Caterpillar catwalk: IR LED fashion

Skip to Navigation

Ezine

  • Published: Jan 8, 2019
  • Author: David Bradley
  • Channels: Infrared Spectroscopy
thumbnail image: Caterpillar catwalk: IR LED fashion

Following caterpillar tracks

Infrared light-emitting diodes have been stitched into special suits to allow biologists to study how soft creatures that lack articulated joints, such as the larvae of moths and butterflies, commonly known as caterpillars, can move. Frame capture from Levy video Also: thumbnail: By pondhawk - https://www.flickr.com/photos/38686613@N08/5015652133/, CC BY 2.0, https://commons.wikimedia.org/w/index.php?curid=27359110

Infrared light-emitting diodes have been stitched into special suits to allow biologists to study how soft creatures that lack articulated joints, such as the larvae of moths and butterflies, commonly known as caterpillars, can move.

Guy Levy Scientists of Tufts University and colleagues have created a designer suits for a caterpillar to help them understand how these creatures get around. Specifically, the team has investigated the tobacco hornworm caterpillar (Manduca sexta) using six strands of thin copper wire attached to the caterpillar’s back and along one side of its body. Other strands are at head and tail and at each of the caterpillar;'s four "pro-legs", its unjointed and stubby leg-like structures that help the caterpillar grip different surfaces. At the end of each wire is a 0.3 square millimetre infrared LED.

Levy, is a postdoctoral researcher in Barry Trimmer's laboratory and enthuses how studying the locomotion of soft animals, is fascinating. He points out that unfettered by bony joints or rigid exoskeletons, soft-bodied caterpillars are capable of extraordinary flexibility, enabling an enormous range of motion that allows them to perambulate over, in and around seemingly endless types of surface in their search for food and ultimately a place to pupate and undergo metamorphosis into their adult form.

Reflecting on markers

The research will not only help us understand some of the most ancient of terrestrial creatures, but also offer insights into how we might mimic their motions in robotic devices that side-step the usual articulated or wheeled devices. Such robots might be made collapsible and capable of multidimensional movement.

Trimmer has studied insect locomotion for decades, Levy joined his team some two and a half years ago and immediately began adapting Vicon cameras and software for motion capture of caterpillar locomotion. Vicon is a motion capture technology that has been used widely in the video games industry to track human movement using infrared cameras detecting retroreflective markers worn on clothing and then to analyse the movements. In the gaming industry the analysis is then used to create more lifelike animation, similar technology is used in animation for cinema and television.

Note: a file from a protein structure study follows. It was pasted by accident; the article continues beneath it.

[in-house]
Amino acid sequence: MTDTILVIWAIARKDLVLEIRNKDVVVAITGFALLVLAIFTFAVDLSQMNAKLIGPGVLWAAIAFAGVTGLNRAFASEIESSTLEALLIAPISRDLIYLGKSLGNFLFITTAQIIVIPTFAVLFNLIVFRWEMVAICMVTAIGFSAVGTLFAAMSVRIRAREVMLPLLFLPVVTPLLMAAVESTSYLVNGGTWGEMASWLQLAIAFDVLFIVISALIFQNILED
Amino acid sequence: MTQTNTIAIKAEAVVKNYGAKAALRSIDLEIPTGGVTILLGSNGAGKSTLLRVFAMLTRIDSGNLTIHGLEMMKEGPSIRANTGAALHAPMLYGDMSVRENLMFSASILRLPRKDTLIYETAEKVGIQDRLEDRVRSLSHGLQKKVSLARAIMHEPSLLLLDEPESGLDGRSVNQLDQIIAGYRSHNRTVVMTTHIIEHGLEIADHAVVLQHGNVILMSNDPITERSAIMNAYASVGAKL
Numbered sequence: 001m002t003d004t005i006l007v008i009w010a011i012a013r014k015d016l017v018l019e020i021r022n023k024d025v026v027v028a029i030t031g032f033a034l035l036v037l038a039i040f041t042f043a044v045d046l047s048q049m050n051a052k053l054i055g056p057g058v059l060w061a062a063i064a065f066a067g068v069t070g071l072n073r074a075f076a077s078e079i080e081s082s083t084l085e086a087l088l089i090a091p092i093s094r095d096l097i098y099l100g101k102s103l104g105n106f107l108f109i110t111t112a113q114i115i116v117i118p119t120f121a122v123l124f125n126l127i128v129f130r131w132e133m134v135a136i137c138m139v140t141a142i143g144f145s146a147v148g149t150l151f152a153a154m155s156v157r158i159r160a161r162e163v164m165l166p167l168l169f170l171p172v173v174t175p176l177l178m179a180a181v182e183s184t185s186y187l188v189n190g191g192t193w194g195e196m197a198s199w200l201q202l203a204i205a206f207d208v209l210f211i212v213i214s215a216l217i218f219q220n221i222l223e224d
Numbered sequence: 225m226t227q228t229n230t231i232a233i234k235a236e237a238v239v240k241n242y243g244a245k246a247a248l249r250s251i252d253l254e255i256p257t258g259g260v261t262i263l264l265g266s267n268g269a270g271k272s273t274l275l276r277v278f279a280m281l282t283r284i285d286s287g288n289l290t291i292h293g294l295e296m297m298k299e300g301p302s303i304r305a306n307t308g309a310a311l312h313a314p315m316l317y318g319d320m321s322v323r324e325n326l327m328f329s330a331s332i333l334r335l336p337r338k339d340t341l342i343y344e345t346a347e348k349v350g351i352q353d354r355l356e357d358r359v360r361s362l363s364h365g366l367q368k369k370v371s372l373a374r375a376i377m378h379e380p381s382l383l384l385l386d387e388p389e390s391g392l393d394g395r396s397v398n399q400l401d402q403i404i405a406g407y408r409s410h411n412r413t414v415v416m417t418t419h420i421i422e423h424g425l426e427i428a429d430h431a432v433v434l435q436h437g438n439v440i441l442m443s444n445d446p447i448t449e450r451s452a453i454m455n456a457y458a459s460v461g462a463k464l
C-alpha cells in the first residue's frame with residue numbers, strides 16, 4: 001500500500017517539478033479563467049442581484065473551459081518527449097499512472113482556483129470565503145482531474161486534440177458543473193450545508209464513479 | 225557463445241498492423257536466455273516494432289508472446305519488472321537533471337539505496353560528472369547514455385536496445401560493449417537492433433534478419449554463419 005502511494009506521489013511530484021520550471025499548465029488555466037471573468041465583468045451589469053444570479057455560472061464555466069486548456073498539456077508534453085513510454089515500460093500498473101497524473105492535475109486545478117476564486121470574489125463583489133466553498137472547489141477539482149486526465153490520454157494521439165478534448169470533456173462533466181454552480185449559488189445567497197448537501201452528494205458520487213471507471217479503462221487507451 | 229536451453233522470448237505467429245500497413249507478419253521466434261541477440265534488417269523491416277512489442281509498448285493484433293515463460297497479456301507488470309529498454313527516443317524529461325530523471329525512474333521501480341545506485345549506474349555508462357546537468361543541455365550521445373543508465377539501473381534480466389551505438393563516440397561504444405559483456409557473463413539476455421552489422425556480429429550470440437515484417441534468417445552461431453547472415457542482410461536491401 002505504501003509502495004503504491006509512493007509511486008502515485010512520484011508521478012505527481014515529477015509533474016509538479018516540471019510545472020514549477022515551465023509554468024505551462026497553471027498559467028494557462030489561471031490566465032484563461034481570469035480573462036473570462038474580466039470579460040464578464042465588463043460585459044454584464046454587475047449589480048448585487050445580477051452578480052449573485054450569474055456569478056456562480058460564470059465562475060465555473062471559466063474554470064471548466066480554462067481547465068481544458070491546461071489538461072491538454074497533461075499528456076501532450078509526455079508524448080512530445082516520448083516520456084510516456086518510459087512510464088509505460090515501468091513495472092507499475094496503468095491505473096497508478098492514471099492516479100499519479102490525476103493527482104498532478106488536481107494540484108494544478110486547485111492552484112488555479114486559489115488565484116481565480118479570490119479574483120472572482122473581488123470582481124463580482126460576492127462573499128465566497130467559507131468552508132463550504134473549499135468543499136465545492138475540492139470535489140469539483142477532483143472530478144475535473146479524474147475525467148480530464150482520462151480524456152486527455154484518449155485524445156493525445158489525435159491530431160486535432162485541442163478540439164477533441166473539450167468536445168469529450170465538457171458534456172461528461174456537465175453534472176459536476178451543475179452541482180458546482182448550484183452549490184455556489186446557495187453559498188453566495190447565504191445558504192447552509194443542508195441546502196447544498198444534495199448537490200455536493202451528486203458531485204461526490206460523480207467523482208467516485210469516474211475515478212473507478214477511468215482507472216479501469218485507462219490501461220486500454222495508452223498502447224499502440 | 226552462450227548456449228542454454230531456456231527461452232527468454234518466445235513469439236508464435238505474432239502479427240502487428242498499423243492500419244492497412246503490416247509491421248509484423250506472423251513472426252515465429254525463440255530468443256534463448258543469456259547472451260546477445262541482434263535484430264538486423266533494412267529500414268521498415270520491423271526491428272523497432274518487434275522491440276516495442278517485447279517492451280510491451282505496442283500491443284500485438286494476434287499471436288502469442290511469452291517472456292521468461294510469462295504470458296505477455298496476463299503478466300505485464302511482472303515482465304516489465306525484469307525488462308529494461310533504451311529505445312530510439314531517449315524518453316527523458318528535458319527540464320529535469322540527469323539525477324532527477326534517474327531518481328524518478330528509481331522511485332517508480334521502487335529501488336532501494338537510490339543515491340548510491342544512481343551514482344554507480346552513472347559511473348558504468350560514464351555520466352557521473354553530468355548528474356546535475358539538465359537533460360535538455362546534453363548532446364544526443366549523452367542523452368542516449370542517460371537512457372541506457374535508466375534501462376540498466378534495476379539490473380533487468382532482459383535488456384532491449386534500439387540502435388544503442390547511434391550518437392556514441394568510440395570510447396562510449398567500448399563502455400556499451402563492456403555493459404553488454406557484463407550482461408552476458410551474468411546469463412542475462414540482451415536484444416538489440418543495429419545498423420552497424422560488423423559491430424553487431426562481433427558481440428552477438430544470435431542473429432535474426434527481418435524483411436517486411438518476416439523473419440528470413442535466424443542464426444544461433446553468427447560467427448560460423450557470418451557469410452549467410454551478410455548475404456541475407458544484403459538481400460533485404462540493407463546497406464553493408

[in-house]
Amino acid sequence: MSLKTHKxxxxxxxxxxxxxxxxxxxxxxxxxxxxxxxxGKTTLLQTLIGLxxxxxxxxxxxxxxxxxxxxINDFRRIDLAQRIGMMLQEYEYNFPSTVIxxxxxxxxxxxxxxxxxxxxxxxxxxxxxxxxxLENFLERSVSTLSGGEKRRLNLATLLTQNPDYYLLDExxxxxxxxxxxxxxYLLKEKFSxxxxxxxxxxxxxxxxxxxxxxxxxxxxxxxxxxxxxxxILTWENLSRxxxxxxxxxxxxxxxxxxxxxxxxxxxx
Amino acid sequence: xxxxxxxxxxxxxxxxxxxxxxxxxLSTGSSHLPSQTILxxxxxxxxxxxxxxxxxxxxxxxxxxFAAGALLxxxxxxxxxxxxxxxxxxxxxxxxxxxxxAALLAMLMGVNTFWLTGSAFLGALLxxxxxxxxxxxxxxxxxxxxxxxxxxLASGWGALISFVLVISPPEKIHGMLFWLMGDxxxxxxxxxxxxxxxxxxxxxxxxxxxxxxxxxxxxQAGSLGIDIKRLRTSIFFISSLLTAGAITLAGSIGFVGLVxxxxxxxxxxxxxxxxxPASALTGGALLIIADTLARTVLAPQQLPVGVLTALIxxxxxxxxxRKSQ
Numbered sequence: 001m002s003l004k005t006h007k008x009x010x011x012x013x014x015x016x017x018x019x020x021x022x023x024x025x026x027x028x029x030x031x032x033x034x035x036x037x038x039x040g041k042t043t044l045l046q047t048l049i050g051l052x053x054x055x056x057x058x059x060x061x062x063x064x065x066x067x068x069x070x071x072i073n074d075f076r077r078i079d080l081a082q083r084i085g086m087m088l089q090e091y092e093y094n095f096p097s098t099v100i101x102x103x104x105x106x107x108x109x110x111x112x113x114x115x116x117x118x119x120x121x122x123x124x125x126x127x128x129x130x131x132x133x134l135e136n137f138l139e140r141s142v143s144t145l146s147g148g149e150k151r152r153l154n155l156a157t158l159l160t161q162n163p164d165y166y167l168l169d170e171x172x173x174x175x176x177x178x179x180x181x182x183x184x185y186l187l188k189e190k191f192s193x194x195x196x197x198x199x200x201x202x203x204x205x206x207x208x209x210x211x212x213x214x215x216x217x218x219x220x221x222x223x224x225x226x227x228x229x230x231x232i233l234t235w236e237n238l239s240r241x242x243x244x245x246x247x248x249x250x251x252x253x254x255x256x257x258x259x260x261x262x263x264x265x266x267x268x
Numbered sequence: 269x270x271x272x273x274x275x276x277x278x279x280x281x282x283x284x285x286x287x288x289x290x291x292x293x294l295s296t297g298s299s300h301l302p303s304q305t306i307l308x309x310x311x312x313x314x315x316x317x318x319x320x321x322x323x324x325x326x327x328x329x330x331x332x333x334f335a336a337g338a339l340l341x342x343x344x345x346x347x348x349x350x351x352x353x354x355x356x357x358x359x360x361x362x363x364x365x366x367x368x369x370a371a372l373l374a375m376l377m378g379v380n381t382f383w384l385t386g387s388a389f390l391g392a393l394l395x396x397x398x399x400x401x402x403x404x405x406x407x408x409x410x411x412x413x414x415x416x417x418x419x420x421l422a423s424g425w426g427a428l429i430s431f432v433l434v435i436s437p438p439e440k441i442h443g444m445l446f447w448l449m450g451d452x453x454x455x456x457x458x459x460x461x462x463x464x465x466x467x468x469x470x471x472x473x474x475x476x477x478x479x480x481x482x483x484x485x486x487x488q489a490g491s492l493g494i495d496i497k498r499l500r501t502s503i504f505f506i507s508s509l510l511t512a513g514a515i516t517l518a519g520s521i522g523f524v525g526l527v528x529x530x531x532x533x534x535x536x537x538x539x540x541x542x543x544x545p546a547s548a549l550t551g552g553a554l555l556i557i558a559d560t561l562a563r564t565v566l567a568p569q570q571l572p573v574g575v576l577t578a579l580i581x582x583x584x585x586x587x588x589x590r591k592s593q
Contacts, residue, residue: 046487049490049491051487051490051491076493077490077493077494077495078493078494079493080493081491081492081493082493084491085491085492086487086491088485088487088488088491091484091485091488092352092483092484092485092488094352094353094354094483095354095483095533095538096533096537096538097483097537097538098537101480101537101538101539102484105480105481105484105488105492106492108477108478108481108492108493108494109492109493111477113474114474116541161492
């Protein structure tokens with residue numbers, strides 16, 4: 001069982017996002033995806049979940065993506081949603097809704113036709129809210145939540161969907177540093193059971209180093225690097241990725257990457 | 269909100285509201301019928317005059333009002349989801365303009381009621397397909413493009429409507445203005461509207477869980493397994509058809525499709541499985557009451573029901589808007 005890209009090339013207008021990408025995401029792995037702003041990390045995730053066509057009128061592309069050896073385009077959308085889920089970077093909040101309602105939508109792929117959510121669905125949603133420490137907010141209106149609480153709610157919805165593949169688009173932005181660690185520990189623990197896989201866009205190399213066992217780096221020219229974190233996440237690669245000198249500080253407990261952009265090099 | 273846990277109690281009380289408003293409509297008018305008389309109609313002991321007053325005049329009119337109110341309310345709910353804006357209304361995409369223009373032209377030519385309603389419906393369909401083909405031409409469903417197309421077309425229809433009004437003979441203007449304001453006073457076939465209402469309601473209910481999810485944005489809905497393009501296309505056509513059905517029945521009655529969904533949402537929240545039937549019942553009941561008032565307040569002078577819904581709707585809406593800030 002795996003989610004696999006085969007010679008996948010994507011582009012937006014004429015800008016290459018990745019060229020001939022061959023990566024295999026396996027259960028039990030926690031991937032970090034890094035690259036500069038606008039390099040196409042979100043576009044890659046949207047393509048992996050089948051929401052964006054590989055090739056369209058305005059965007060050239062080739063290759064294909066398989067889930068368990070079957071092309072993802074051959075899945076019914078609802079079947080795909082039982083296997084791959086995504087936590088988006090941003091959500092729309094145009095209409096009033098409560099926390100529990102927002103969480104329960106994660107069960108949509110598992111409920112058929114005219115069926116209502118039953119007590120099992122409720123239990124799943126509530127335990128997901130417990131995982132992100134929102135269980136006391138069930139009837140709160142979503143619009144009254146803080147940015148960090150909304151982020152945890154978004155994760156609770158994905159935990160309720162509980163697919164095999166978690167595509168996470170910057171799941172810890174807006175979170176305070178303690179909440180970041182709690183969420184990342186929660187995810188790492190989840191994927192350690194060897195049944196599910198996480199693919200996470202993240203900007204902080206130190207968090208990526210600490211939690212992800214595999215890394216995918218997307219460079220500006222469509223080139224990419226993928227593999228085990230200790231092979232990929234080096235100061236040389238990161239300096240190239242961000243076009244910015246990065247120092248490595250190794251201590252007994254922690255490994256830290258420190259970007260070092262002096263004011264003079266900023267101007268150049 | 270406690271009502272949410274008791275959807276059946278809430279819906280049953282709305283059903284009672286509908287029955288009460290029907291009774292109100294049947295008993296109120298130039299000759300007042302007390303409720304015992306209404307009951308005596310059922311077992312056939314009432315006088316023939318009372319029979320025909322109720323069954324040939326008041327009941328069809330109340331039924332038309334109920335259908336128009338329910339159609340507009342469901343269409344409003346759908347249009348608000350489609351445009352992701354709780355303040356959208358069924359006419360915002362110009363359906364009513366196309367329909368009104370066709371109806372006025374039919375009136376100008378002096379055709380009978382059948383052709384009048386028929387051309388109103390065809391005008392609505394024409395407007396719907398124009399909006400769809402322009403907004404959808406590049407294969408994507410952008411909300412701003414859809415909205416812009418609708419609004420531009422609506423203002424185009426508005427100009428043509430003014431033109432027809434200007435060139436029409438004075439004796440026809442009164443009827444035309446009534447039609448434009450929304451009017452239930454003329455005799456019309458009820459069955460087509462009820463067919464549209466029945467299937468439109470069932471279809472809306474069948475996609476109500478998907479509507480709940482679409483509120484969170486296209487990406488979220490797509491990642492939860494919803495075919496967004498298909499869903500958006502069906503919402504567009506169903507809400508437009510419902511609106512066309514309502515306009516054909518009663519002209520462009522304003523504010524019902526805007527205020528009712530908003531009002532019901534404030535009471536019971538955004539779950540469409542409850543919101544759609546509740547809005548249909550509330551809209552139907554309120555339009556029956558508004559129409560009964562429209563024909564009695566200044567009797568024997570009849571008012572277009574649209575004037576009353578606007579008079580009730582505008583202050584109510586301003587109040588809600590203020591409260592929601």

However, adapting the technology for caterpillars was not easy, Levy points out, admitting that there were times when he thought it might not be possible at all. One barrier was the shiny, reflective cuticle of the caterpillar's body, which outshone, the tiny, reflective beads the team used at first as their movement markers. It was only when they thought to use an emissive marker rather than a reflective marker that the project metamorphosed into something more enlightening.

Caterpillar cakewalk

Levy soldered the IR LEDs jewellery wire to create his first haute couture caterpillar suit. The first LEDs tested were too cumbersome for the larvae but once they used miniscule 0.3 millimetre square, LEDs they were well on their way to a Vicon analysis of caterpillar cakewalk. A suited caterpillar gets to walk on a treadmill that keeps it in the frame of their IR-tracking camera. Custom software then analyses the way in which the IR markers move as the caterpillar does its workout. Levy presents details to the SICB meeting in Tampa, Florida in January 2019. The next step will be to analyse caterpillar locomotion over sticky and slippy surfaces and slopes.

Related Links

SICB Tampa Meeting 2019 January: "Society for Integrative and Comparative Biology Annual Meeting"

Article by David Bradley

The views represented in this article are solely those of the author and do not necessarily represent those of John Wiley and Sons, Ltd.

Follow us on Twitter!

Social Links

Share This Links

Bookmark and Share

Microsites

Suppliers Selection
Societies Selection

Banner Ad

Click here to see
all job opportunities

Most Viewed

Copyright Information

Interested in separation science? Visit our sister site separationsNOW.com

Copyright © 2019 John Wiley & Sons, Inc. All Rights Reserved